What on earth is up with British unionism? Although not especially reflective at the best of times, this ideology has recently been thrust into explicitness in disturbing ways. It’s often said that Brexit is in part driven by an upsurge of English nationalism, but I don’t buy that – if only because there’s no such extant thing (yet) as English nationalism. It is, rather, the laying bare of the nationalism that England has instead of its own, which is the nationalism of the UK – aka unionism. And while it isn’t necessarily worked out in any compellingly abstracted form, it is still not properly understood.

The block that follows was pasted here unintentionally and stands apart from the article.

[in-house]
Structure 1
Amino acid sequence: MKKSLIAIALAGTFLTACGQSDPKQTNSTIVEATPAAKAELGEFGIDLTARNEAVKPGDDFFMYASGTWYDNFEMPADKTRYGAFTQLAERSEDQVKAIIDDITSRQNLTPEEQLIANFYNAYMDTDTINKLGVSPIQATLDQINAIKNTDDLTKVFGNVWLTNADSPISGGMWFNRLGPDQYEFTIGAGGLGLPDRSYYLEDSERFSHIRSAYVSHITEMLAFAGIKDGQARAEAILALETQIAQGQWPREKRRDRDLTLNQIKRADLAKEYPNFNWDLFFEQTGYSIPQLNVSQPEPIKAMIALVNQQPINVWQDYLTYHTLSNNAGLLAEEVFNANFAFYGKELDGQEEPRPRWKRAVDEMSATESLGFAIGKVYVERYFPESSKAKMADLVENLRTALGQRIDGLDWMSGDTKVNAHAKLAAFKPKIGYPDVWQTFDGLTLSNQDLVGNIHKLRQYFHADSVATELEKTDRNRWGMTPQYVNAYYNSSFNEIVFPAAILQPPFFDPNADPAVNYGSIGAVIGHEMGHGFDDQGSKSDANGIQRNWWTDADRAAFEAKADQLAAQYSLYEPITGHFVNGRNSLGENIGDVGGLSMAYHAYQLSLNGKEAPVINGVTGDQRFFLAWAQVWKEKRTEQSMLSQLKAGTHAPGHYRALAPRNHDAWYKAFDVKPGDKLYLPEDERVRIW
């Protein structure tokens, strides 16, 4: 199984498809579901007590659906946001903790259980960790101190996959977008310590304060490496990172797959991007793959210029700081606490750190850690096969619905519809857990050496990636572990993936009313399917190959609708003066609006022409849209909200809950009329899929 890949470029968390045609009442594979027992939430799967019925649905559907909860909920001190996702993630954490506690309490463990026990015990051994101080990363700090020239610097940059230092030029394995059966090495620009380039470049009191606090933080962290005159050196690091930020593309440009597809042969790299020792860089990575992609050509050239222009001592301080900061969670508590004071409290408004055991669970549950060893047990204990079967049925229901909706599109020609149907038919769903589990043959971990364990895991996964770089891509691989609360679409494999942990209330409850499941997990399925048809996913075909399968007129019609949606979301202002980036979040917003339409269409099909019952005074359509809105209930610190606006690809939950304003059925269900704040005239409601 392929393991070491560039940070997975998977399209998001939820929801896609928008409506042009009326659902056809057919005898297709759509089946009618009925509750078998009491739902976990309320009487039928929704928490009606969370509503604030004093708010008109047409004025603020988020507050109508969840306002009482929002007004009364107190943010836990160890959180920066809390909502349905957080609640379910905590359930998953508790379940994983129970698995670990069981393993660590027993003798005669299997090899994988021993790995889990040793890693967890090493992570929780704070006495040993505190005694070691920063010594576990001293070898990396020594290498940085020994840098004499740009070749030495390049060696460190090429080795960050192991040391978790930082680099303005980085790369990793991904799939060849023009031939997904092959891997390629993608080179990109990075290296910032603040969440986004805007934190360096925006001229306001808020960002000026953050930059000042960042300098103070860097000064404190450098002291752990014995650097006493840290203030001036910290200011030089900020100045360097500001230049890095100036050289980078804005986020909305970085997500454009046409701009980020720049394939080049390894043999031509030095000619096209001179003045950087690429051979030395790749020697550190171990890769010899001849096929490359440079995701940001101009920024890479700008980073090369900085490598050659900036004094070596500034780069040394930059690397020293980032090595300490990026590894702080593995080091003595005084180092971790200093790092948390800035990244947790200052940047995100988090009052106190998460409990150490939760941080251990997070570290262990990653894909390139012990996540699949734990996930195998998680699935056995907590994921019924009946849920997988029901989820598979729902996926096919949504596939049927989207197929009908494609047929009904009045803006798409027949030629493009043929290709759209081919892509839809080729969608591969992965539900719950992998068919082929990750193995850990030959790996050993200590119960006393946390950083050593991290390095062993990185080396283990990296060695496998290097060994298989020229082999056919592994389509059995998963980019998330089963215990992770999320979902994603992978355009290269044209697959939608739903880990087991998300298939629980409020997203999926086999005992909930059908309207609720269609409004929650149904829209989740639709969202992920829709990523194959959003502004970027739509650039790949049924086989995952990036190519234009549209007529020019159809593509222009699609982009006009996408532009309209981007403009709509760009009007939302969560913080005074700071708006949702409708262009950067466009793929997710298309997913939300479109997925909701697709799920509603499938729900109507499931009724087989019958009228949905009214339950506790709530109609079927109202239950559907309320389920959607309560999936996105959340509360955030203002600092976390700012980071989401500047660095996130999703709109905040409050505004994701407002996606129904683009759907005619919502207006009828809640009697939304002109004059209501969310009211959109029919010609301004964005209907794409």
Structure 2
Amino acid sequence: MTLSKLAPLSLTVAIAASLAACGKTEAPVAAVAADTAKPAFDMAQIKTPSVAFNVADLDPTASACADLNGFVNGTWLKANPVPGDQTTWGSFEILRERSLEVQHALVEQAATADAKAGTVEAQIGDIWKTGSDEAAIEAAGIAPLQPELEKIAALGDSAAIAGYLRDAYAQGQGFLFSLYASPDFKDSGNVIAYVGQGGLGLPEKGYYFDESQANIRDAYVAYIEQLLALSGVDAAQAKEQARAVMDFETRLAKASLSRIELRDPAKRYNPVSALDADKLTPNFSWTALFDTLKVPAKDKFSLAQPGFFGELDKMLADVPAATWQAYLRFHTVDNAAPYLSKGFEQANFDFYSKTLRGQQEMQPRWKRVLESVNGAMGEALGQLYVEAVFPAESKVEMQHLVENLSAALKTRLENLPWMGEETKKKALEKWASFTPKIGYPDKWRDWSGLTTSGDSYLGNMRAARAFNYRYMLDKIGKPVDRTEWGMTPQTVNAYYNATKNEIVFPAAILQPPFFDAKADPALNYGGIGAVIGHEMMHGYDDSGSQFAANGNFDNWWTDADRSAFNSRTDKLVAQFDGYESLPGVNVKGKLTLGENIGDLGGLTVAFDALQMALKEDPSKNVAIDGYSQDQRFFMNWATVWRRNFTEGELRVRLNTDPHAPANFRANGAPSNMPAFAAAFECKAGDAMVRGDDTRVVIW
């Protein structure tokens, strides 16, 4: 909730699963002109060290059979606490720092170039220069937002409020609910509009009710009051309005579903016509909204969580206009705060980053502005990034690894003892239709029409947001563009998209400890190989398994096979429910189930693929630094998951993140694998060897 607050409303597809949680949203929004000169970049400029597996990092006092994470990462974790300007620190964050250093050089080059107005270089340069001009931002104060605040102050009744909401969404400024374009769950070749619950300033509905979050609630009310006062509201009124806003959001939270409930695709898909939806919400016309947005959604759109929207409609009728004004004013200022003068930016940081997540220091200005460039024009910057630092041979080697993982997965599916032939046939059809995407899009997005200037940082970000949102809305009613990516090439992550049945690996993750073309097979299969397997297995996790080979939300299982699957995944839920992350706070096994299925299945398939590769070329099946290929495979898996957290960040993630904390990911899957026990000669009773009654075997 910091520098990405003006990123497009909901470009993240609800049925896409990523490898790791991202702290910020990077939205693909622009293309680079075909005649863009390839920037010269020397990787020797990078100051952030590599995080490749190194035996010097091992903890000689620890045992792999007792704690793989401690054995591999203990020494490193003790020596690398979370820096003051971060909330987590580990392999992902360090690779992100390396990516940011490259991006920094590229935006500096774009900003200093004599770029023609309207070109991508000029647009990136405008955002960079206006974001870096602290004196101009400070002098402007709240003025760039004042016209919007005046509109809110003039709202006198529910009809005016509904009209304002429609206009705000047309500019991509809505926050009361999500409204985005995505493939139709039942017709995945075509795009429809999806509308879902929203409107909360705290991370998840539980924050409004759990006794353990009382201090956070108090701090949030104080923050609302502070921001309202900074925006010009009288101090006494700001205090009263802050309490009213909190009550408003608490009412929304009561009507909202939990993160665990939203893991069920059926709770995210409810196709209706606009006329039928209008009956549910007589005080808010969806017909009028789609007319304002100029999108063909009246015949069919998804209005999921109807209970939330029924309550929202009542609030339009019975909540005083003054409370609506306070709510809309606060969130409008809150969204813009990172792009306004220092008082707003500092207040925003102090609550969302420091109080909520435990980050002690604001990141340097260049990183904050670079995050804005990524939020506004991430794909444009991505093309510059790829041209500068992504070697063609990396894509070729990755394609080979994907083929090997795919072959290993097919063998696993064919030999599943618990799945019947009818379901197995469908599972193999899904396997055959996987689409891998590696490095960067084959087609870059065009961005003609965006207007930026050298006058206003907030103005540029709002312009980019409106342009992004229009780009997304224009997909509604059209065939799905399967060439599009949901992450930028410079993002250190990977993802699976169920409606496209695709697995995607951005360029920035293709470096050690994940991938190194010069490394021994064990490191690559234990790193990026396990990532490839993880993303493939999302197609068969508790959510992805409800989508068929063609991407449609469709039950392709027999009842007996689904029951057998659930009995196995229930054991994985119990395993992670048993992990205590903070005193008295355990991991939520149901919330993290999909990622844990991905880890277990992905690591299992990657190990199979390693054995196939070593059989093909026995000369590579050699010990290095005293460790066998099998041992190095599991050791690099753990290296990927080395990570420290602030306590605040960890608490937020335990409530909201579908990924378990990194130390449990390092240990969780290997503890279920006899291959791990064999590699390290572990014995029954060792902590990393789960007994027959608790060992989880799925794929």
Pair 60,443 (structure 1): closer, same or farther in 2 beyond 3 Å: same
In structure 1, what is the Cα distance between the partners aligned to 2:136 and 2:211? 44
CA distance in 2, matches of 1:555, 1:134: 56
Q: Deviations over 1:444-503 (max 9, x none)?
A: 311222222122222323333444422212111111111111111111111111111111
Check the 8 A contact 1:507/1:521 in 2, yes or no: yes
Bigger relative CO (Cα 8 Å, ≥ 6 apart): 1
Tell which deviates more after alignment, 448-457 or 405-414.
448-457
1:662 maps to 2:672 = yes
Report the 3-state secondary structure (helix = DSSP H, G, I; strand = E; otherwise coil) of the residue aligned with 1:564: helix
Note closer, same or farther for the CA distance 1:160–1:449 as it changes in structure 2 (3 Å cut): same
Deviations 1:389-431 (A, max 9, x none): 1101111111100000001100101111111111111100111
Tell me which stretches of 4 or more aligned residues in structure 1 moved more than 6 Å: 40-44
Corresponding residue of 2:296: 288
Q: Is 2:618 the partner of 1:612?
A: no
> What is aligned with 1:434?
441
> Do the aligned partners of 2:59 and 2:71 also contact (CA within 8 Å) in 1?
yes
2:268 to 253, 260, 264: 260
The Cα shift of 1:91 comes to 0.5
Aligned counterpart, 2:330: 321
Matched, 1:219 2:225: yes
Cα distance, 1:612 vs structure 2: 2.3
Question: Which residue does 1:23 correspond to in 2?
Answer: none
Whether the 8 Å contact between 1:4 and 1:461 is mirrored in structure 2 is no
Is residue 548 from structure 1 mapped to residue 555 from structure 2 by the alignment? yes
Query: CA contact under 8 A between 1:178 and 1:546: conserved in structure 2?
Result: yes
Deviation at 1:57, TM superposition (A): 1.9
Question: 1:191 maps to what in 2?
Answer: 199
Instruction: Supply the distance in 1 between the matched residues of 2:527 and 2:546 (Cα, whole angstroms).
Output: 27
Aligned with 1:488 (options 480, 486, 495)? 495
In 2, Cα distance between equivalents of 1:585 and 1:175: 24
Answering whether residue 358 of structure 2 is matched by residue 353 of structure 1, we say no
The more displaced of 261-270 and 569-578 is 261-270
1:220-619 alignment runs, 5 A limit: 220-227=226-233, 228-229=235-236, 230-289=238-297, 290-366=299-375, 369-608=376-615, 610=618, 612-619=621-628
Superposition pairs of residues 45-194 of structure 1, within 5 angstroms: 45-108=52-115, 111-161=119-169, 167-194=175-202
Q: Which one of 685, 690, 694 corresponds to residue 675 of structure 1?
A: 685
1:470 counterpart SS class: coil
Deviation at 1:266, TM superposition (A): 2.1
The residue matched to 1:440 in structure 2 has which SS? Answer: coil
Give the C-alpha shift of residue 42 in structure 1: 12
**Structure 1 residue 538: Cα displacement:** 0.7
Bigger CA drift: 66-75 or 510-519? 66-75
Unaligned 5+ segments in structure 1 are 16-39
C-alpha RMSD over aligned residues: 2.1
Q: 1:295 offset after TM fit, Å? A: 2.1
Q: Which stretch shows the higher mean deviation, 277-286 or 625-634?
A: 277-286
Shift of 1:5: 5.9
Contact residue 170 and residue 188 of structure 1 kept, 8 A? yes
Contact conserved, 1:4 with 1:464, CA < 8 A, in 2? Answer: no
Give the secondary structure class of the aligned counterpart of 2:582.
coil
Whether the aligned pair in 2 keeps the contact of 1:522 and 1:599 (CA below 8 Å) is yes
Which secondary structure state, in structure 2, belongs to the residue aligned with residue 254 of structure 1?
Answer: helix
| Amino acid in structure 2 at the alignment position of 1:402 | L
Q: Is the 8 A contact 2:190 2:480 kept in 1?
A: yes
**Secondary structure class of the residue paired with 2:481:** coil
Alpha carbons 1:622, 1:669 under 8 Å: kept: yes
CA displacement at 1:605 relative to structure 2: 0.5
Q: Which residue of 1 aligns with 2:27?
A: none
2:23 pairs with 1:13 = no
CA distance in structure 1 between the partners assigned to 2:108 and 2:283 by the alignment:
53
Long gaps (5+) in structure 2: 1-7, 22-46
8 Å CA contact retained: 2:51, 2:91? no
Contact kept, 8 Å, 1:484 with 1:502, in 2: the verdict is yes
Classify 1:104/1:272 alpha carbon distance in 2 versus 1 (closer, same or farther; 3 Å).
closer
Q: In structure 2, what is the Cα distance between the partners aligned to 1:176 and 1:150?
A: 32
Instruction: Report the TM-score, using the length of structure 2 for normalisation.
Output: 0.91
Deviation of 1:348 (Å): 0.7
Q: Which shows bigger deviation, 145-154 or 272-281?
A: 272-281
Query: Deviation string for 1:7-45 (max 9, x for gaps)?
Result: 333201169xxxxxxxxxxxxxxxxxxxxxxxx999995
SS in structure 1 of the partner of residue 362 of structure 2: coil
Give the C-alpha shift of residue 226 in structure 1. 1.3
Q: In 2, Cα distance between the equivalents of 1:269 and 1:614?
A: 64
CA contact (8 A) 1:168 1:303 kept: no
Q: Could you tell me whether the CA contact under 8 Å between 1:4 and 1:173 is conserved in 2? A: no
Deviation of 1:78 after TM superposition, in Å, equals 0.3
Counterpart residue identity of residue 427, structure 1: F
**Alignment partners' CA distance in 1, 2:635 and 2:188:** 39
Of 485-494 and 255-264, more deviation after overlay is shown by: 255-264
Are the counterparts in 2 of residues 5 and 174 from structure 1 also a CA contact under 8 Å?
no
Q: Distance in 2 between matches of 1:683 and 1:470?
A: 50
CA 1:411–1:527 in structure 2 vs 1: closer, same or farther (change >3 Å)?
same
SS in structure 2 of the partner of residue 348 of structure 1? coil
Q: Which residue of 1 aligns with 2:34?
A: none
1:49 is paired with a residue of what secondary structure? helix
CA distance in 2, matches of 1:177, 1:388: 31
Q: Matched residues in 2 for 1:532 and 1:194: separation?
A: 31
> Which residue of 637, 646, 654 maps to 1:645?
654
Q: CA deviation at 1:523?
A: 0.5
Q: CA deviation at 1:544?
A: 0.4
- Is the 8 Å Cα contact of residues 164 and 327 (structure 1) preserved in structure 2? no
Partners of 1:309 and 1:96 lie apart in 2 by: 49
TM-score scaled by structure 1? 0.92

This nationalism is profoundly Anglocentric, to be sure, but its commitment to the United Kingdom is just as profound – when Theresa May insists that she won’t countenance dividing the kingdom in order to ensure an open border in Ireland she’s not just parroting the DUP’s lines. But the UK it has in its heart is one in which English dominance is taken as read, and which is hostile to any serious checks on the sovereign power located at Westminster and Whitehall. Devolution is fine as long as it can be overruled when necessary, and as long as it’s the centre that gets to decide when it is necessary. But everything touching on the constitution that has happened with the approach to Brexit makes clear that the Westminster government’s freedom to propose and dispose must be untrammelled and unchecked.Continue reading